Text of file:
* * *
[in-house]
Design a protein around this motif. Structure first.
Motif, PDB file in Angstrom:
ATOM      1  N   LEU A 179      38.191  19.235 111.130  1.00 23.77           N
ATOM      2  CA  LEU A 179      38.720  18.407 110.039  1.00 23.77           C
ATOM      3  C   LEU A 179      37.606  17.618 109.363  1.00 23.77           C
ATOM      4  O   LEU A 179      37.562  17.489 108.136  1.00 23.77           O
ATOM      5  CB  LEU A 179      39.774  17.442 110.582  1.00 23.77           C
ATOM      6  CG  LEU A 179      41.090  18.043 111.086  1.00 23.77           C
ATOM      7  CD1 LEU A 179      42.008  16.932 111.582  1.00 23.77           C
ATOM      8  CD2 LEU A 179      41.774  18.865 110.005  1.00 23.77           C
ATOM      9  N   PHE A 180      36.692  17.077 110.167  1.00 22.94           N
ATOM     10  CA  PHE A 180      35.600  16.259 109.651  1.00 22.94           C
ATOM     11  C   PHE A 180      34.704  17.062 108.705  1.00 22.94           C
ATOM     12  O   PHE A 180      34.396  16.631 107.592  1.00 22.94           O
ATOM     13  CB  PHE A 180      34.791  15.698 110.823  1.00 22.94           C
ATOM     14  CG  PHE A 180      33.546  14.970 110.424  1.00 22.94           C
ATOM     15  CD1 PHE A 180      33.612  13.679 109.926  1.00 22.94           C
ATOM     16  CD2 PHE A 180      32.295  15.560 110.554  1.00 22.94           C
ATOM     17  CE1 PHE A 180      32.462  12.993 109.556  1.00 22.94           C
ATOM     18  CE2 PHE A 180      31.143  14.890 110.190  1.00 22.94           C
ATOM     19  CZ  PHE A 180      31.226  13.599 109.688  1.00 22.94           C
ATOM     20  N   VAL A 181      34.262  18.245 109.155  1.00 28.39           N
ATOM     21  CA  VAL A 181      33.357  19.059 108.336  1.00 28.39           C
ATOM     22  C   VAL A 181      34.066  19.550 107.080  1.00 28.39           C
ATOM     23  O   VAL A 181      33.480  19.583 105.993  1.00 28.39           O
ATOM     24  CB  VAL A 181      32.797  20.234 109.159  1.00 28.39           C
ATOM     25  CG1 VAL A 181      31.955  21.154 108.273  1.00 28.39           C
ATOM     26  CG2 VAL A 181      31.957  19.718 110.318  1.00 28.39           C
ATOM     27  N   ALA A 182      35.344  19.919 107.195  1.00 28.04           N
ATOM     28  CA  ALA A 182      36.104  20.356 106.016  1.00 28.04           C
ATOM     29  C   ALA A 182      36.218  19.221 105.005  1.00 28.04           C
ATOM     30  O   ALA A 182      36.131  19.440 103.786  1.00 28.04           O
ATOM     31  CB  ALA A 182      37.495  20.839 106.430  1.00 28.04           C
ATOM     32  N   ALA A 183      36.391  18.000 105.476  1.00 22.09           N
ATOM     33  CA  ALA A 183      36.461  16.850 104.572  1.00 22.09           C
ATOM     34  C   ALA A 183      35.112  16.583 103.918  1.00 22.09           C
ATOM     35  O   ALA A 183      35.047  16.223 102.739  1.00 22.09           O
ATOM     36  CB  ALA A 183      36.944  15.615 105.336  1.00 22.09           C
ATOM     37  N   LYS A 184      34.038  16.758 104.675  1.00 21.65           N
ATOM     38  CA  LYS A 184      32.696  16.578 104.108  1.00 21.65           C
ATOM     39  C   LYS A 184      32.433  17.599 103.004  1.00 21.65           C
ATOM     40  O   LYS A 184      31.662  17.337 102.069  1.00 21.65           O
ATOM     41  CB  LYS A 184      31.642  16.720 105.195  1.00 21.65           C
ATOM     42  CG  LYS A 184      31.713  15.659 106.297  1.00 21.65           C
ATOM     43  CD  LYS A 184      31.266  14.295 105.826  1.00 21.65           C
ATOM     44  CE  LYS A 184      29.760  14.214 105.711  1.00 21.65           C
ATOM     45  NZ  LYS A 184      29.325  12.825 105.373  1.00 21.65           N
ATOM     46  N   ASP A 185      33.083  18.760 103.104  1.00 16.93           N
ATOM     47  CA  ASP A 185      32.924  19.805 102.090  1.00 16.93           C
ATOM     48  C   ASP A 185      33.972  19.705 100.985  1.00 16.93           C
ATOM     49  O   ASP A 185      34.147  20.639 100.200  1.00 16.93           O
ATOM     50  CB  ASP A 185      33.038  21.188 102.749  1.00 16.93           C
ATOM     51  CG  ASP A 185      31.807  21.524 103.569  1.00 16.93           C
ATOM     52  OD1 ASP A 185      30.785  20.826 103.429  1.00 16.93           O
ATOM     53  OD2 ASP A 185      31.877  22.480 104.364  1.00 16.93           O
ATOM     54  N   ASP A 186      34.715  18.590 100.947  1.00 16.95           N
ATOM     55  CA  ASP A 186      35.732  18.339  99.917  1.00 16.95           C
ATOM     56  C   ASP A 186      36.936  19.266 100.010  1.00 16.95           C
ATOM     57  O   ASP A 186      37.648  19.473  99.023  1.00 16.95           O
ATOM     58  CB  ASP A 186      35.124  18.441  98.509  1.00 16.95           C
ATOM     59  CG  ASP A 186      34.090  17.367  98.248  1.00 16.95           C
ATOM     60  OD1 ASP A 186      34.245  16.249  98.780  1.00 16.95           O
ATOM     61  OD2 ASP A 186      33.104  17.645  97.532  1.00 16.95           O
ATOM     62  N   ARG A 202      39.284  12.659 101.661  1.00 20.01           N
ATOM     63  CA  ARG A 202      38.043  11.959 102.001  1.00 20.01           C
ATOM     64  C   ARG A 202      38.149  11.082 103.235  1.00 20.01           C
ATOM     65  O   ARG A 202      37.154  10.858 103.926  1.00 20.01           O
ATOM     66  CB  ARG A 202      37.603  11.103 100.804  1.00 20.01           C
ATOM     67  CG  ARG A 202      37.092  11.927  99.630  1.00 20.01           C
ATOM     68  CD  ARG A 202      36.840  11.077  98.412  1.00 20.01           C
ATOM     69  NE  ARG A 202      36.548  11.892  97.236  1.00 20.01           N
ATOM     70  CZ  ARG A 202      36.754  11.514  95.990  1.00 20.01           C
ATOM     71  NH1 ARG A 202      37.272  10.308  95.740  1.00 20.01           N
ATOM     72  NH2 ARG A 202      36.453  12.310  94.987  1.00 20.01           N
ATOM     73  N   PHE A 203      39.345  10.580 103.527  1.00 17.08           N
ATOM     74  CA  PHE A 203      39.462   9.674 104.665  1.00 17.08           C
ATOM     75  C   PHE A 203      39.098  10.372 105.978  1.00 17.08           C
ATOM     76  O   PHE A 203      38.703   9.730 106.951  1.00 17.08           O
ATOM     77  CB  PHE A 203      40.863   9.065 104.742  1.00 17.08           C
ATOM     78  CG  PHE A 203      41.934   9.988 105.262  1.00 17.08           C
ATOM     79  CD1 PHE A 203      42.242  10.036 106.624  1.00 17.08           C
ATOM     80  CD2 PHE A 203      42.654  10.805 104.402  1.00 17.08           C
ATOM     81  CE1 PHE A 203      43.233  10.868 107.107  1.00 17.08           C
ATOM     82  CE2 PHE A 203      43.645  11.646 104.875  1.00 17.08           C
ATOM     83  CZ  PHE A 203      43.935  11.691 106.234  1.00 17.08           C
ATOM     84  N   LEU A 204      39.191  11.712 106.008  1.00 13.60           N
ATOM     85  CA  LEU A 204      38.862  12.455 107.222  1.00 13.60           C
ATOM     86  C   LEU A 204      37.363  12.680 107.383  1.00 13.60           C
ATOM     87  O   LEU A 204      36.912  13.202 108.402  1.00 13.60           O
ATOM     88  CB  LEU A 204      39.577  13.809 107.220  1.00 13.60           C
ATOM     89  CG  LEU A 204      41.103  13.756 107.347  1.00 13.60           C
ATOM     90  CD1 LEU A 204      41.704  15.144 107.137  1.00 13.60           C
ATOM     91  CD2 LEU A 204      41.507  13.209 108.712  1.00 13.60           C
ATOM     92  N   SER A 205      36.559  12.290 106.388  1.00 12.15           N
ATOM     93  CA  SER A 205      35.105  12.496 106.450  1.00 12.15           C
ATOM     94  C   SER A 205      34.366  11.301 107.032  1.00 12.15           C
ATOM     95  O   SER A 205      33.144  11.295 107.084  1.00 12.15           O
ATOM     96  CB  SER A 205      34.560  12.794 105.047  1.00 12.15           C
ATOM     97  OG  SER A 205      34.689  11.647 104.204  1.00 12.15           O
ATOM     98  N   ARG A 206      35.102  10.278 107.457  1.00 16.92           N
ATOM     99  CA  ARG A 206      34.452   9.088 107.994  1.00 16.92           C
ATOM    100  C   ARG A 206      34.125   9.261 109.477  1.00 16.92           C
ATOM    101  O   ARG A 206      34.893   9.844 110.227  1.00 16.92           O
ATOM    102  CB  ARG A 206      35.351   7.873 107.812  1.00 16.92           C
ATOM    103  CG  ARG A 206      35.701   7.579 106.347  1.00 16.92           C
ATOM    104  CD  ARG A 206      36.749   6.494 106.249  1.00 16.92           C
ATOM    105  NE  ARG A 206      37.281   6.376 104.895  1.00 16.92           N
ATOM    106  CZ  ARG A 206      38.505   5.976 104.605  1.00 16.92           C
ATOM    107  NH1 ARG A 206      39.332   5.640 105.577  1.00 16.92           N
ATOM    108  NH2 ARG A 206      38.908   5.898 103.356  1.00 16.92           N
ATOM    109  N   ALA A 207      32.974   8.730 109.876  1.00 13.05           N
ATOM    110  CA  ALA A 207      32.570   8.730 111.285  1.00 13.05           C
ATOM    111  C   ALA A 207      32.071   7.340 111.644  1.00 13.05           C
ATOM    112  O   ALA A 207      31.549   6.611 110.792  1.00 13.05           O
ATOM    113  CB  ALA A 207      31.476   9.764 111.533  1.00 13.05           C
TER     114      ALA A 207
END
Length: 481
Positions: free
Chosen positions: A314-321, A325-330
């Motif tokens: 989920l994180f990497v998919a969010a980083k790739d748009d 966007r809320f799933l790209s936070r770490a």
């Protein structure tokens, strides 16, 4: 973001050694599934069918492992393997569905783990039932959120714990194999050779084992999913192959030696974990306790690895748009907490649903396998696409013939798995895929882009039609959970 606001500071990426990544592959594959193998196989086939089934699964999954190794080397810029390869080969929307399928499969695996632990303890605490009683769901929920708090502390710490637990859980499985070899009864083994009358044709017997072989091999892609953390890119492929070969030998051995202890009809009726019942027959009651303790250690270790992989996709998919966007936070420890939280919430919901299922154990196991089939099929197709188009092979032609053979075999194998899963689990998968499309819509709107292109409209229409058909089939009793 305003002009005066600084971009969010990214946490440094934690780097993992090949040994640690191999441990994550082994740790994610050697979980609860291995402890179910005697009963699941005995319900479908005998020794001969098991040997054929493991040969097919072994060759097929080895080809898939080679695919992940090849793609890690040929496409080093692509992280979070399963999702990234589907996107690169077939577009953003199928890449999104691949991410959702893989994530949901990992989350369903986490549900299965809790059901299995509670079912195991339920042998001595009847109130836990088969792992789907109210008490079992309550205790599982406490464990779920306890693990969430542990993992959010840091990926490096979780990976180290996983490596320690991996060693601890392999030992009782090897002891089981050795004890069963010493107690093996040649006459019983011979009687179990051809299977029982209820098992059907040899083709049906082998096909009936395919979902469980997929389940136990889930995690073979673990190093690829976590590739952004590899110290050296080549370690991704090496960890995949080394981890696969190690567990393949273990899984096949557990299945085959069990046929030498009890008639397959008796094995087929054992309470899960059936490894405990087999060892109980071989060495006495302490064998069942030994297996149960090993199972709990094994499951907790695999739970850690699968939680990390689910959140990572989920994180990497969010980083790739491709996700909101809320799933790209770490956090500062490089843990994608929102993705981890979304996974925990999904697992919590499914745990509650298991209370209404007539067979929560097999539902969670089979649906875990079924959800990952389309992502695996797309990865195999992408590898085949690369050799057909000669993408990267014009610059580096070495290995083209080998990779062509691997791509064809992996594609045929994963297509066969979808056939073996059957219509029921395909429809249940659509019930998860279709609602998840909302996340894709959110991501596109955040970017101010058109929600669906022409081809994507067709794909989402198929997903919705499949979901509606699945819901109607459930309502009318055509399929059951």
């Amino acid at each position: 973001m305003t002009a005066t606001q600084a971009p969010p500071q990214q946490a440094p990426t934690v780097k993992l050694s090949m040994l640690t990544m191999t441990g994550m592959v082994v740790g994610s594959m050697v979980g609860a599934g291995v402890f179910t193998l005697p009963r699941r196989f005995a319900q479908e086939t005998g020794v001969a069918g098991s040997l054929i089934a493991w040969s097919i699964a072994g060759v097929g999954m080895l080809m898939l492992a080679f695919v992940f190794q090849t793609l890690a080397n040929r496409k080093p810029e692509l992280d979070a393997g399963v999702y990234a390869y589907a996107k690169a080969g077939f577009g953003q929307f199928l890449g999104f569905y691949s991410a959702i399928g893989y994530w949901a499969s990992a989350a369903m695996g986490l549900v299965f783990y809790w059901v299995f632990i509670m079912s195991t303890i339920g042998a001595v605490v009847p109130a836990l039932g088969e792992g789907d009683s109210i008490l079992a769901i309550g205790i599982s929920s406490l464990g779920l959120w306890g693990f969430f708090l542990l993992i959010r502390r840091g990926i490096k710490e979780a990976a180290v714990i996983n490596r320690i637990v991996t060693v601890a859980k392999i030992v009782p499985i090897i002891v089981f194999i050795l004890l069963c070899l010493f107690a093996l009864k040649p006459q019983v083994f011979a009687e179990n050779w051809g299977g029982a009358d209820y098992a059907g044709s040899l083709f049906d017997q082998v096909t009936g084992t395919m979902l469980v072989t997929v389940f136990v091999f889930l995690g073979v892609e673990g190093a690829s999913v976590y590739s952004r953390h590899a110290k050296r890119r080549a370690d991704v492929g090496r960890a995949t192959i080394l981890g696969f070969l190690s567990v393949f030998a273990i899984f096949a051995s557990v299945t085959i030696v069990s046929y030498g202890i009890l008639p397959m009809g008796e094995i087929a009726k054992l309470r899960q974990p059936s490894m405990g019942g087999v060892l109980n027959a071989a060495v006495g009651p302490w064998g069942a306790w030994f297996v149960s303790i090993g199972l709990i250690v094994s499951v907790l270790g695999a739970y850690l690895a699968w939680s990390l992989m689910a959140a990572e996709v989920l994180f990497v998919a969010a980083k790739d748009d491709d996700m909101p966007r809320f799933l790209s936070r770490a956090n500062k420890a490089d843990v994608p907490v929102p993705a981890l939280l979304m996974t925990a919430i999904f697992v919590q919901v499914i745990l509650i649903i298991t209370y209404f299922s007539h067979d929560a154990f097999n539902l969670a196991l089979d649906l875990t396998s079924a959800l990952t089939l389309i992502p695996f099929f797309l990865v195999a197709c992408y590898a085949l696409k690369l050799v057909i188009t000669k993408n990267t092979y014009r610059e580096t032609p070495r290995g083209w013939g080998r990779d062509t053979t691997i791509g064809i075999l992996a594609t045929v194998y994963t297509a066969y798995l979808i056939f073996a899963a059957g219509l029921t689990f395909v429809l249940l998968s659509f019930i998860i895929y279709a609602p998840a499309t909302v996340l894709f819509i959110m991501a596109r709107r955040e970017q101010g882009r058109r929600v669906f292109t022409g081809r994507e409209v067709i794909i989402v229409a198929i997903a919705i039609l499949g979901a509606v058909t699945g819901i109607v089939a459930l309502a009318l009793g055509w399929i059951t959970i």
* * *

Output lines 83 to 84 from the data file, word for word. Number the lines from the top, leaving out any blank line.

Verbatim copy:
ATOM     80  CD2 PHE A 203      42.654  10.805 104.402  1.00 17.08           C
ATOM     81  CE1 PHE A 203      43.233  10.868 107.107  1.00 17.08           C